Intel Announces Plans for New $20 Billion Chip Plant in Ohio

Intel is building a new $20 billion chip foundry in Ohio, where CEO Patrick Gelsinger says the company envisions investing more than $100 billion over the next decade to create a complex of up to eight plants. The move is part of a U.S. effort to increase domestic production of computer chips, alleviating supply chain shortages and reducing reliance on foreign suppliers. The new build, located near Columbus, is an economic boon for Ohio, creating 7,000 construction jobs and eventually employment for about 3,000 people in two flagship factories, and potentially many more jobs through the satellite suppliers nearby. Continue reading Intel Announces Plans for New $20 Billion Chip Plant in Ohio

TSMC Earmarks Up to $44 Billion in Competitive Chip Sector

Taiwan Semiconductor Manufacturing Company (TSMC) says it will increase production capacity by up to 47 percent for 2022 as demand continues to surge amid a global chip shortage. To support the increase and technology upgrades, the world’s largest contract chipmaker plans to set a company record for capital expenditure in 2022, with spending at $40-44 billion (compared to $30 billion in 2021). Speaking at an investor conference, company CFO Wendell Huang said about 70-80 percent of the 2022 capex will fund development of advanced 2nm, 3nm, 5nm and 7nm processors as TSMC fights to maintain its dominant market share while rivals step up. Continue reading TSMC Earmarks Up to $44 Billion in Competitive Chip Sector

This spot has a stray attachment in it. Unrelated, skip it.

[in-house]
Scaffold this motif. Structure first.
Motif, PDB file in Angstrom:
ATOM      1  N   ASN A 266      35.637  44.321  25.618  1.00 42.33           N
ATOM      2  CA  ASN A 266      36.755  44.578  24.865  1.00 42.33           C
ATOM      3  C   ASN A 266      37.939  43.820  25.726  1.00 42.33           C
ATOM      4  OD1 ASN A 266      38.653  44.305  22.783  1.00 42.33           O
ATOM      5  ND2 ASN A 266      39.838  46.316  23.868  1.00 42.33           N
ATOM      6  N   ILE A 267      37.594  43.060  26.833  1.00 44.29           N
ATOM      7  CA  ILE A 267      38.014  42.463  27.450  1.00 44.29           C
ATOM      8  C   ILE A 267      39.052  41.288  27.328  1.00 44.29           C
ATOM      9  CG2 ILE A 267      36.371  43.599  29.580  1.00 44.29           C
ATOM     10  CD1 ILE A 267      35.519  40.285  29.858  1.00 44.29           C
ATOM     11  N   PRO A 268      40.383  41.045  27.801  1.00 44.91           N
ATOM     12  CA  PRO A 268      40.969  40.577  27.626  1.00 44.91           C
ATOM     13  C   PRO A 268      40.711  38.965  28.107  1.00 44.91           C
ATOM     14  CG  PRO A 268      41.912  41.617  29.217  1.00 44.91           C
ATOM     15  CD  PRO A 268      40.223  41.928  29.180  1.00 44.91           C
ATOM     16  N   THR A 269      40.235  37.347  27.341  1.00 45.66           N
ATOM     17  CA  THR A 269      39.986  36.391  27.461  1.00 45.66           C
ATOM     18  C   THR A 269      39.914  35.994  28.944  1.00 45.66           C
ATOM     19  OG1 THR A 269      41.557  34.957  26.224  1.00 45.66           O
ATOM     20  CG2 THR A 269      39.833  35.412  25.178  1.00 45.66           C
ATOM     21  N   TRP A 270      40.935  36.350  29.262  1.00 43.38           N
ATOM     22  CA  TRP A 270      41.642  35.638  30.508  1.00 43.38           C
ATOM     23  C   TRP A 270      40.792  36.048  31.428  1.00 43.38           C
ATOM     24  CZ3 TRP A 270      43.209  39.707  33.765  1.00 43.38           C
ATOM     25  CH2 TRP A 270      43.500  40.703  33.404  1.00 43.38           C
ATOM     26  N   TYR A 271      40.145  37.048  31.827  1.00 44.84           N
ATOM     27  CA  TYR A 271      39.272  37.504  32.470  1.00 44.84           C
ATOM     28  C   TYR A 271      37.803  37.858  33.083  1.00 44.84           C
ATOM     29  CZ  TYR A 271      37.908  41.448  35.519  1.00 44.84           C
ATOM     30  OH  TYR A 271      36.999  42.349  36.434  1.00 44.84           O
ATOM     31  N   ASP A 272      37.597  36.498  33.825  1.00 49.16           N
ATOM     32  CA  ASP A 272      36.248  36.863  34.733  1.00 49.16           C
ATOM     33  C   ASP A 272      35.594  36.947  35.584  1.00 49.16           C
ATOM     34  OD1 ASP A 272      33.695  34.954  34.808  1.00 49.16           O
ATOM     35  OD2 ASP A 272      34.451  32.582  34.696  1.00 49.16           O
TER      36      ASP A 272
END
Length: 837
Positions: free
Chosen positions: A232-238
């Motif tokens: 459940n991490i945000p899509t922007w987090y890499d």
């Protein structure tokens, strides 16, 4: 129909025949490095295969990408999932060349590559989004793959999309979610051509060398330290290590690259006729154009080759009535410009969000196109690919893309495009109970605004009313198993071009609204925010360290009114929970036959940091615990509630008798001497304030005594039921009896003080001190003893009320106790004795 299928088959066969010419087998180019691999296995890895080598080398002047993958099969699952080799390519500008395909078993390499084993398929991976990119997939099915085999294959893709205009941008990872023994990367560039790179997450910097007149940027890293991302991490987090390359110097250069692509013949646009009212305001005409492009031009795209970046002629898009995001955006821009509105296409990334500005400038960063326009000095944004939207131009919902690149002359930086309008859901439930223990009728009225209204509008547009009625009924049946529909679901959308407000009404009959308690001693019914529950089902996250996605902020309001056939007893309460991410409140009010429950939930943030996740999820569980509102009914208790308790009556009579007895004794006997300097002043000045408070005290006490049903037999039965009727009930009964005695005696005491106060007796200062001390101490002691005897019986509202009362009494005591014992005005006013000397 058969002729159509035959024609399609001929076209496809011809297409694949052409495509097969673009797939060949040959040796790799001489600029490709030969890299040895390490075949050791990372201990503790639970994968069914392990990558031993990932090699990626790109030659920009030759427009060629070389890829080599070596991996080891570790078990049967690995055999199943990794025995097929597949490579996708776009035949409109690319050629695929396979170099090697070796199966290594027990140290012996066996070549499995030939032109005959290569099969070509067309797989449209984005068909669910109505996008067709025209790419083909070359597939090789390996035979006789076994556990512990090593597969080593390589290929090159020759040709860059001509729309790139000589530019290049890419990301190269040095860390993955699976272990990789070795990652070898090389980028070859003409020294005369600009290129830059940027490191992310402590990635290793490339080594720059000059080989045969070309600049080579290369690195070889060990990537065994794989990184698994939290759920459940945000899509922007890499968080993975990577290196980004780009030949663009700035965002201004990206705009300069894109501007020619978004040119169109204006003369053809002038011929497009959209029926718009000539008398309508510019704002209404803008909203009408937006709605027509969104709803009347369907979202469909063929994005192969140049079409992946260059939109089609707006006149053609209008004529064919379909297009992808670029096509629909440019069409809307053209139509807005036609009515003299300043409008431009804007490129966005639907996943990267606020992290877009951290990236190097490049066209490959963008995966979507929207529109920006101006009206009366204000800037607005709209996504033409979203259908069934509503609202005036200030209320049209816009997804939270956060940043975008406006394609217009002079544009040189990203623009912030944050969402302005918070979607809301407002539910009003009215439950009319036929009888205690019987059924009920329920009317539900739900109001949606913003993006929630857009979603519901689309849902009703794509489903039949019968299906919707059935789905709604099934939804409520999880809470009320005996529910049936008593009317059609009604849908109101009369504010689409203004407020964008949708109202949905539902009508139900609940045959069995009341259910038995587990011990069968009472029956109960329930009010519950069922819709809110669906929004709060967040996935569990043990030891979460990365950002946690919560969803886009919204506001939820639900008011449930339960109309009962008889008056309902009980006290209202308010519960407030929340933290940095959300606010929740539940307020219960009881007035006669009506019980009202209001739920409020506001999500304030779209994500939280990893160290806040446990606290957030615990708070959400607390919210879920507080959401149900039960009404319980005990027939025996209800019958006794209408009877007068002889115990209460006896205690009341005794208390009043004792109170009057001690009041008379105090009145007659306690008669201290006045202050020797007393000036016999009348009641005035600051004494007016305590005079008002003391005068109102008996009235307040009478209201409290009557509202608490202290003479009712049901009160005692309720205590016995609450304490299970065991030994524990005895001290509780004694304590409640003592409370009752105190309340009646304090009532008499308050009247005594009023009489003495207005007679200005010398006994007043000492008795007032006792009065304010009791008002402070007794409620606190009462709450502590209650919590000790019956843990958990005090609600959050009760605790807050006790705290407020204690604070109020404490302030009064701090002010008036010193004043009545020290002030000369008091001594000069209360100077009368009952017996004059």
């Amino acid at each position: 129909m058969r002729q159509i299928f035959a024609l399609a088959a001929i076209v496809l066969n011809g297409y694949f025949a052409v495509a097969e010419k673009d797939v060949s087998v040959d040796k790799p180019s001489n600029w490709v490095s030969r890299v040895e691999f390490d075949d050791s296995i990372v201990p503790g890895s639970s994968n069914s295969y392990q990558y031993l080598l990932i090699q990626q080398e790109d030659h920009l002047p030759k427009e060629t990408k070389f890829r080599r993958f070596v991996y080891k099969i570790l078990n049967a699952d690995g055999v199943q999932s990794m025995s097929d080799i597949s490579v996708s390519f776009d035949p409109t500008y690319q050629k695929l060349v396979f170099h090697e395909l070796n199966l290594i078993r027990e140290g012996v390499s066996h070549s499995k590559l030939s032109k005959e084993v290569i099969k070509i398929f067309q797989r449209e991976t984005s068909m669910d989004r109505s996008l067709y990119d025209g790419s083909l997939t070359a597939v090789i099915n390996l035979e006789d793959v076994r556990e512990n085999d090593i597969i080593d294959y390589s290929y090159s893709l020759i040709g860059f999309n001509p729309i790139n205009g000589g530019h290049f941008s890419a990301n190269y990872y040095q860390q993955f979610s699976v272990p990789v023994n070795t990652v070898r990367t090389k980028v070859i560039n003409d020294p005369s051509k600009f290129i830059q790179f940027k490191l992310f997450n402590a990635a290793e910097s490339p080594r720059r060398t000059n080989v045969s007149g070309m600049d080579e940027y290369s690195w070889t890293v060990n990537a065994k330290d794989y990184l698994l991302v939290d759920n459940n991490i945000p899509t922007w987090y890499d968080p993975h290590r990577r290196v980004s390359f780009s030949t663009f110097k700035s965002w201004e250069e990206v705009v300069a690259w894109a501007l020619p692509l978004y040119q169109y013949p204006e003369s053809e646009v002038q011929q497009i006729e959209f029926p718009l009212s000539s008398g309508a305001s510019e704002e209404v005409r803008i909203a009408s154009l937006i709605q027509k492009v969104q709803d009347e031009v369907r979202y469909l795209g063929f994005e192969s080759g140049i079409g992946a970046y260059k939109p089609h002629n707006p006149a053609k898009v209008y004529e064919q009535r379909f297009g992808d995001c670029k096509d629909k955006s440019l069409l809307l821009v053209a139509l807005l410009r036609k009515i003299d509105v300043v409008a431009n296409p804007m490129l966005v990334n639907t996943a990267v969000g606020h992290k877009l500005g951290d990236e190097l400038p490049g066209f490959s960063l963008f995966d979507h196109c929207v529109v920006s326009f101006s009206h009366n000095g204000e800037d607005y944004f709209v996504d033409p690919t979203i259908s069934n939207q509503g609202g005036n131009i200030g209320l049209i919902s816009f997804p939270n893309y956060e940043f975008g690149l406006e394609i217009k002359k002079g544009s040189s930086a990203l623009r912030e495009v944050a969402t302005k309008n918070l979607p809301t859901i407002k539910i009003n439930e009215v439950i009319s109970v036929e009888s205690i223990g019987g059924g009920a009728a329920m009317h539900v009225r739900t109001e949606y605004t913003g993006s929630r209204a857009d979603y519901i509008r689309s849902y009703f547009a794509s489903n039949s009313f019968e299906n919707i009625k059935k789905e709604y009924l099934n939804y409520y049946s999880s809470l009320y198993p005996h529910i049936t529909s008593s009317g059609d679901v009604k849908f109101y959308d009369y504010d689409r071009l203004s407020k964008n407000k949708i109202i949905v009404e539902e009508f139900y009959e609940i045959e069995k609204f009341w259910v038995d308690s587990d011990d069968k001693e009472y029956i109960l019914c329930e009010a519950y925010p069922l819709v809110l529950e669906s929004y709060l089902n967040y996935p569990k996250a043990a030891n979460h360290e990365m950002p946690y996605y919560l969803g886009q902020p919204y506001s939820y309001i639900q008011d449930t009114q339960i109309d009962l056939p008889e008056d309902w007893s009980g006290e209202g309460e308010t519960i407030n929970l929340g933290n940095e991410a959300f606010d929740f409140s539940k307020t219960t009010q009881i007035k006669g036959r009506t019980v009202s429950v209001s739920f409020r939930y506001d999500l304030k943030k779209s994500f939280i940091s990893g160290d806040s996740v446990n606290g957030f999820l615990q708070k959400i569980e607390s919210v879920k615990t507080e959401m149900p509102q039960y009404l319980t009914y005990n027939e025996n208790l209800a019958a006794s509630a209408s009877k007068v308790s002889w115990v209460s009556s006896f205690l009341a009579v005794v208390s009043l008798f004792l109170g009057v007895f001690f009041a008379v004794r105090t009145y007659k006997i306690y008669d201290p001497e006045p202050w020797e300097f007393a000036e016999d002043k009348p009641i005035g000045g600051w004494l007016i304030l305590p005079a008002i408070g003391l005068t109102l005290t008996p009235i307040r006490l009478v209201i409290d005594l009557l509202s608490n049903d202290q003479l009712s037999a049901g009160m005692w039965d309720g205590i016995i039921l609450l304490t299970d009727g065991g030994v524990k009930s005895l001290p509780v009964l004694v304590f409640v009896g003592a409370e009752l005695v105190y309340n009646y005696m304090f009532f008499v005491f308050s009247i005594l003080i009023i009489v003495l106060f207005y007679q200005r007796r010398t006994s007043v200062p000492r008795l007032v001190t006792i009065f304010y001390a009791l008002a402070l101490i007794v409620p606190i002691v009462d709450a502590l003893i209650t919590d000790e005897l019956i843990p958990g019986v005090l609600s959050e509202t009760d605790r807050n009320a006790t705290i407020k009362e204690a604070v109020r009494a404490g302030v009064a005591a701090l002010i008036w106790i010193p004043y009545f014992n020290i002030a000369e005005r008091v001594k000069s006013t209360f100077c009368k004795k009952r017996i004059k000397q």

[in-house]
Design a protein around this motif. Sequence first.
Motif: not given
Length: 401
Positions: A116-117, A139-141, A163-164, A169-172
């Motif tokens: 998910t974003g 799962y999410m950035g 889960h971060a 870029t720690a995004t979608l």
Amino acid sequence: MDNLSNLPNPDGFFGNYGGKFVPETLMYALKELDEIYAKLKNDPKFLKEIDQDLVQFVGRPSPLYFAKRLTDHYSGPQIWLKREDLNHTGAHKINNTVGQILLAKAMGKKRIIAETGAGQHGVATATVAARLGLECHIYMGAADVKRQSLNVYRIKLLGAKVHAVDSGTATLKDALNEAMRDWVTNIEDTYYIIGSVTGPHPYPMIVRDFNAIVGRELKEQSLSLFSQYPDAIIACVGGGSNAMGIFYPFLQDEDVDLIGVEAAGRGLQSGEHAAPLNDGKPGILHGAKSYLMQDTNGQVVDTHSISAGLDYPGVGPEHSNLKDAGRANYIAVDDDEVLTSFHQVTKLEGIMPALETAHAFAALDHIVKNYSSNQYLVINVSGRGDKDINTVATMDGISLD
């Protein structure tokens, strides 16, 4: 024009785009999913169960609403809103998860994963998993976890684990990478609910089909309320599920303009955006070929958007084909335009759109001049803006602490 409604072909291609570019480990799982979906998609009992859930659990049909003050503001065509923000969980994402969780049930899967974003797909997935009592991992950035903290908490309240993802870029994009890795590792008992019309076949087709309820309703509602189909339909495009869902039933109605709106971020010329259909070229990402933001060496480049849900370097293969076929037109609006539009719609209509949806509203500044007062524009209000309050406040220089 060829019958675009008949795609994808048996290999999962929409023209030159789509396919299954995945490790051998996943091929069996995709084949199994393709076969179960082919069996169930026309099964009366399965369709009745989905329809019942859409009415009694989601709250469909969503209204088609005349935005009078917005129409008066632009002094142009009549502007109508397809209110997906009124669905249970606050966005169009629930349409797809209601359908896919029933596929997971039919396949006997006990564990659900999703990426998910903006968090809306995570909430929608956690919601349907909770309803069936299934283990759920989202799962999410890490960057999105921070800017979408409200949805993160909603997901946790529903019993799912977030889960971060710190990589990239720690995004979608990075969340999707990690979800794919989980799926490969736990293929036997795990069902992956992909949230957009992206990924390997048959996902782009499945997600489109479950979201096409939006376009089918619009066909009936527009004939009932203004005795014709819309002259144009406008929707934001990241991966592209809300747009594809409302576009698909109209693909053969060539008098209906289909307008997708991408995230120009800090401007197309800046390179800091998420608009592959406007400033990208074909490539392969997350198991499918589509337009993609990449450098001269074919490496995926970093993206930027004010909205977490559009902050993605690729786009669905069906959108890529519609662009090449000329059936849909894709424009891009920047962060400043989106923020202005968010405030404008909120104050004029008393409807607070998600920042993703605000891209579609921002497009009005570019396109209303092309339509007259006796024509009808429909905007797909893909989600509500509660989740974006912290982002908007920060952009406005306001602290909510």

Samsung Plans to Construct a $17 Billion Chip Plant in Texas

Samsung has announced plans to build a $17 billion chip plant in Taylor, Texas. The news comes on the heels of a government push to jump-start more U.S. semiconductor manufacturing and Senate approval of $52 billion in industry subsidies for new processor factories. The South Korea-based electronics giant already operates a chip fabrication plant in Austin, Texas, opened in 1997 and expanded in 2007. The Taylor facility will create new sourcing for chips, which have become precious amidst a global shortage, although the new factory is not expected to become operational until 2024. Continue reading Samsung Plans to Construct a $17 Billion Chip Plant in Texas